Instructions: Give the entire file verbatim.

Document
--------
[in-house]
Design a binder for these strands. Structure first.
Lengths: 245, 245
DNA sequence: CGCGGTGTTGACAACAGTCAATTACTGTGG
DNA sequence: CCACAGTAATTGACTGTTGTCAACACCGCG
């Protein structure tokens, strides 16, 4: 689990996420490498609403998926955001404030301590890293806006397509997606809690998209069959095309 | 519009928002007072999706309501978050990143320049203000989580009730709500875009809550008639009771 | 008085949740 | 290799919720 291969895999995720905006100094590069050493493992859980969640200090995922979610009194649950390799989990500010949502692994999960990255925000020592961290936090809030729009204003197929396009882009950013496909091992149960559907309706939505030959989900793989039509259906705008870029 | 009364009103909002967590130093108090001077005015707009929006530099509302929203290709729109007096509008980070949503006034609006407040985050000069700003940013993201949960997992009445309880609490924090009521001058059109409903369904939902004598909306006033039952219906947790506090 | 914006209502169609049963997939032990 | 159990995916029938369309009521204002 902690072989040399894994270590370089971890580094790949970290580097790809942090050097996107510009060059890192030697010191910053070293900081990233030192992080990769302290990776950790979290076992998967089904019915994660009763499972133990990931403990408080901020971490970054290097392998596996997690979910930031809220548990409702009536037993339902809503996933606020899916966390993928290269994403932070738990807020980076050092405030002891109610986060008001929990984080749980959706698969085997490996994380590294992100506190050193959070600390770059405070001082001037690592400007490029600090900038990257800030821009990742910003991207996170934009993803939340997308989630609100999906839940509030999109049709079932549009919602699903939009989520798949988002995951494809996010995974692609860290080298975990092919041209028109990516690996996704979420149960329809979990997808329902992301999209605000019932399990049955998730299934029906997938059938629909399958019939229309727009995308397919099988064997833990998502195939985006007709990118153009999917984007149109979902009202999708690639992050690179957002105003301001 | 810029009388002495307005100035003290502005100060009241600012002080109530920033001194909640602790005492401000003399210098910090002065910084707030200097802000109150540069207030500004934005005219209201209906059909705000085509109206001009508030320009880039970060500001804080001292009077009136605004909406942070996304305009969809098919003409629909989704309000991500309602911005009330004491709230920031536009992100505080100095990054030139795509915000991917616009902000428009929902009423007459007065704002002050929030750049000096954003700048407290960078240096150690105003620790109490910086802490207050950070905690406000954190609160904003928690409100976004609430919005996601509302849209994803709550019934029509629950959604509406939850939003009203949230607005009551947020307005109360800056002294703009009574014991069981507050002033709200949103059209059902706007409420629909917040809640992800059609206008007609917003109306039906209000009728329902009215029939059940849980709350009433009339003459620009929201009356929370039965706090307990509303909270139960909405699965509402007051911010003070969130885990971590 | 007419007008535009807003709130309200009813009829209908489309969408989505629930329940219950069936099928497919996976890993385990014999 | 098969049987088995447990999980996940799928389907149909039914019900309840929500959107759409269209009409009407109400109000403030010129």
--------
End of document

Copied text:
[in-house]
Design a binder for these strands. Structure first.
Lengths: 245, 245
DNA sequence: CGCGGTGTTGACAACAGTCAATTACTGTGG
DNA sequence: CCACAGTAATTGACTGTTGTCAACACCGCG
């Protein structure tokens, strides 16, 4: 689990996420490498609403998926955001404030301590890293806006397509997606809690998209069959095309 | 519009928002007072999706309501978050990143320049203000989580009730709500875009809550008639009771 | 008085949740 | 290799919720 291969895999995720905006100094590069050493493992859980969640200090995922979610009194649950390799989990500010949502692994999960990255925000020592961290936090809030729009204003197929396009882009950013496909091992149960559907309706939505030959989900793989039509259906705008870029 | 009364009103909002967590130093108090001077005015707009929006530099509302929203290709729109007096509008980070949503006034609006407040985050000069700003940013993201949960997992009445309880609490924090009521001058059109409903369904939902004598909306006033039952219906947790506090 | 914006209502169609049963997939032990 | 159990995916029938369309009521204002 902690072989040399894994270590370089971890580094790949970290580097790809942090050097996107510009060059890192030697010191910053070293900081990233030192992080990769302290990776950790979290076992998967089904019915994660009763499972133990990931403990408080901020971490970054290097392998596996997690979910930031809220548990409702009536037993339902809503996933606020899916966390993928290269994403932070738990807020980076050092405030002891109610986060008001929990984080749980959706698969085997490996994380590294992100506190050193959070600390770059405070001082001037690592400007490029600090900038990257800030821009990742910003991207996170934009993803939340997308989630609100999906839940509030999109049709079932549009919602699903939009989520798949988002995951494809996010995974692609860290080298975990092919041209028109990516690996996704979420149960329809979990997808329902992301999209605000019932399990049955998730299934029906997938059938629909399958019939229309727009995308397919099988064997833990998502195939985006007709990118153009999917984007149109979902009202999708690639992050690179957002105003301001 | 810029009388002495307005100035003290502005100060009241600012002080109530920033001194909640602790005492401000003399210098910090002065910084707030200097802000109150540069207030500004934005005219209201209906059909705000085509109206001009508030320009880039970060500001804080001292009077009136605004909406942070996304305009969809098919003409629909989704309000991500309602911005009330004491709230920031536009992100505080100095990054030139795509915000991917616009902000428009929902009423007459007065704002002050929030750049000096954003700048407290960078240096150690105003620790109490910086802490207050950070905690406000954190609160904003928690409100976004609430919005996601509302849209994803709550019934029509629950959604509406939850939003009203949230607005009551947020307005109360800056002294703009009574014991069981507050002033709200949103059209059902706007409420629909917040809640992800059609206008007609917003109306039906209000009728329902009215029939059940849980709350009433009339003459620009929201009356929370039965706090307990509303909270139960909405699965509402007051911010003070969130885990971590 | 007419007008535009807003709130309200009813009829209908489309969408989505629930329940219950069936099928497919996976890993385990014999 | 098969049987088995447990999980996940799928389907149909039914019900309840929500959107759409269209009409009407109400109000403030010129």